An Editor at Work

Here’s a sentence from one of Charlie’s columns that we decided to revise:

A separate category of plants are what might best be described as stealth vines.

I like strong, punchy sentences. For example, I wouldn’t write “The shrub is spectacular.” I would write “The spectacular shrub”…and then finish the sentence:  “delights visitors to our home.”

Here’s our first attempt to strengthen his sentence:

A separate category of plants comprises what might best be described as stealth vines. BETTER

Now the sentence is more active. But our revision still wasn’t punchy enough for me. Comprise isn’t a lively word. Here’s our next revision.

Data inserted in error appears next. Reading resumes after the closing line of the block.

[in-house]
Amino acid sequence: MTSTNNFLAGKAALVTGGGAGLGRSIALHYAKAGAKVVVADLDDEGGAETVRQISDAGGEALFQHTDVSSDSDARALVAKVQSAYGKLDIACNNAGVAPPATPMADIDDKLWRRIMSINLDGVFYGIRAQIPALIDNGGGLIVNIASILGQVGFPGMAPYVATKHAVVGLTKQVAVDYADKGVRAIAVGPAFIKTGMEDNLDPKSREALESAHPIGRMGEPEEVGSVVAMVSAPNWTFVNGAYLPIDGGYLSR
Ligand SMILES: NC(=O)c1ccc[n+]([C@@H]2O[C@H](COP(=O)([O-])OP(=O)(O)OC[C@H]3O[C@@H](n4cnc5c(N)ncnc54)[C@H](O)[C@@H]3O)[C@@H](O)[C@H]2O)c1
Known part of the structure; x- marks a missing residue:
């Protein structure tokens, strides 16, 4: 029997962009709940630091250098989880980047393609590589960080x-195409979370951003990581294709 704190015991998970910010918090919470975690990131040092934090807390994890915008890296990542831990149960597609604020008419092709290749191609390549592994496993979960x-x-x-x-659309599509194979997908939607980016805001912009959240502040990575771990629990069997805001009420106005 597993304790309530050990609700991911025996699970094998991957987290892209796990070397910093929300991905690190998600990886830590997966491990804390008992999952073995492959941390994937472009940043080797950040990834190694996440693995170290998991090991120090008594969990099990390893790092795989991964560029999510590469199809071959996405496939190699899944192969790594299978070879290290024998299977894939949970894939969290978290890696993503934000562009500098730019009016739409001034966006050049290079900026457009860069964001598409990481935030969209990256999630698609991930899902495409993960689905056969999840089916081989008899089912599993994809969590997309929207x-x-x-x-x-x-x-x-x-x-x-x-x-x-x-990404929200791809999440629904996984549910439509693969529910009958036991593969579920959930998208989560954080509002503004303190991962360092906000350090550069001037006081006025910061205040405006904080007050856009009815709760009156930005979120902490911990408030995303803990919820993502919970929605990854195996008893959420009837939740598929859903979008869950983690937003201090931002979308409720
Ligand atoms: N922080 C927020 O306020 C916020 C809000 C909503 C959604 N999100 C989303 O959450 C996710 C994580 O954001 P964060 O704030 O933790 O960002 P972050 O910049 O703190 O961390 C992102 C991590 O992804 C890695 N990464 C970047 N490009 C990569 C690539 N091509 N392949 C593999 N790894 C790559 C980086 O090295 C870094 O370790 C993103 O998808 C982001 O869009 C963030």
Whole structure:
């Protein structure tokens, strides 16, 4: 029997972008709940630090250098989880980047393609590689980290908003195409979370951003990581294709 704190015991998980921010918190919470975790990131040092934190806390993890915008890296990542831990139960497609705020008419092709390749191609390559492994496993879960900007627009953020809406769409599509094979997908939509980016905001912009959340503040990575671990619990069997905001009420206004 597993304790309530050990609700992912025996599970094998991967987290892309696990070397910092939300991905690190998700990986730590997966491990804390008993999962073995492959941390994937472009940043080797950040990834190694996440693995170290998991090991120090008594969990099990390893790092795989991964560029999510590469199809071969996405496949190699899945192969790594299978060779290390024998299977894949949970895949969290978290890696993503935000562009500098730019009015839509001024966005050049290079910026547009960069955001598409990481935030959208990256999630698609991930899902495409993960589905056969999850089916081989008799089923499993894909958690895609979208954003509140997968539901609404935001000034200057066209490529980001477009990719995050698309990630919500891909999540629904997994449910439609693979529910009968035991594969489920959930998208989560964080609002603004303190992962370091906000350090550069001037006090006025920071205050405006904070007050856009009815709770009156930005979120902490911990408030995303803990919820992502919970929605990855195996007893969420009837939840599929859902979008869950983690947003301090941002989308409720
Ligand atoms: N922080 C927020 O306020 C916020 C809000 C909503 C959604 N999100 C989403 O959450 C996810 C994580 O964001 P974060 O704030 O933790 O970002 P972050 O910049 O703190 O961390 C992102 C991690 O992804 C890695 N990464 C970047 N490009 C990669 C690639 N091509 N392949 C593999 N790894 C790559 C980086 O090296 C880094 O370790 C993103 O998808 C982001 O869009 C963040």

A separate category of plants might best be described as stealth vines.  EVEN BETTER

I like it! But it’s passive voice (“might best be described”). Let’s make it active voice:

There’s another category of plants you might describe as stealth vines.  BEST

You might be wondering what a “stealth vine” is. It’s a shrub that turns into a vine if there’s something nearby to climb. Ganges primrose, plumbago, and yellow allamanda are sometimes called “stealth vines.” That term is another example of good writing – using an intriguing word (“stealth”) to make your subject (vines) more interesting!

                                                                           Photo courtesy of Calvin Teo

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